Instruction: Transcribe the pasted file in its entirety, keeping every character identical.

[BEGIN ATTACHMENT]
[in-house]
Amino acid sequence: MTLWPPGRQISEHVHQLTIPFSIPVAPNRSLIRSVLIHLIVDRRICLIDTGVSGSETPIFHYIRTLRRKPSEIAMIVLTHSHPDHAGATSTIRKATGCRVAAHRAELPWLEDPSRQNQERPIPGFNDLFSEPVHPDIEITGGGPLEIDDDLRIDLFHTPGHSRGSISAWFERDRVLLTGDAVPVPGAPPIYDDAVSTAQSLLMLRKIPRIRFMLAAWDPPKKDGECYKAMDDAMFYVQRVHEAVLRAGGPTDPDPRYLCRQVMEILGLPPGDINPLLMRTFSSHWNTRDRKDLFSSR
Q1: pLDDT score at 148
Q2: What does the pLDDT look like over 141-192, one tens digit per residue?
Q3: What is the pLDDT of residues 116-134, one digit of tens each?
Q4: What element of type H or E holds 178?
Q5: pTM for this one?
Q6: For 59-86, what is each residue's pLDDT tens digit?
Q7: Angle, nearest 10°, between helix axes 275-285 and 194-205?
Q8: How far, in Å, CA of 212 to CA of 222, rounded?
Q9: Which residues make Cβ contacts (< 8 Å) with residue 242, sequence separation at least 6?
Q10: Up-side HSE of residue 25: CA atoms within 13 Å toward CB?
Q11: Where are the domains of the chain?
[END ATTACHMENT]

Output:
[in-house]
Amino acid sequence: MTLWPPGRQISEHVHQLTIPFSIPVAPNRSLIRSVLIHLIVDRRICLIDTGVSGSETPIFHYIRTLRRKPSEIAMIVLTHSHPDHAGATSTIRKATGCRVAAHRAELPWLEDPSRQNQERPIPGFNDLFSEPVHPDIEITGGGPLEIDDDLRIDLFHTPGHSRGSISAWFERDRVLLTGDAVPVPGAPPIYDDAVSTAQSLLMLRKIPRIRFMLAAWDPPKKDGECYKAMDDAMFYVQRVHEAVLRAGGPTDPDPRYLCRQVMEILGLPPGDINPLLMRTFSSHWNTRDRKDLFSSR
Q1: pLDDT score at 148
Q2: What does the pLDDT look like over 141-192, one tens digit per residue?
Q3: What is the pLDDT of residues 116-134, one digit of tens each?
Q4: What element of type H or E holds 178?
Q5: pTM for this one?
Q6: For 59-86, what is each residue's pLDDT tens digit?
Q7: Angle, nearest 10°, between helix axes 275-285 and 194-205?
Q8: How far, in Å, CA of 212 to CA of 222, rounded?
Q9: Which residues make Cβ contacts (< 8 Å) with residue 242, sequence separation at least 6?
Q10: Up-side HSE of residue 25: CA atoms within 13 Å toward CB?
Q11: Where are the domains of the chain?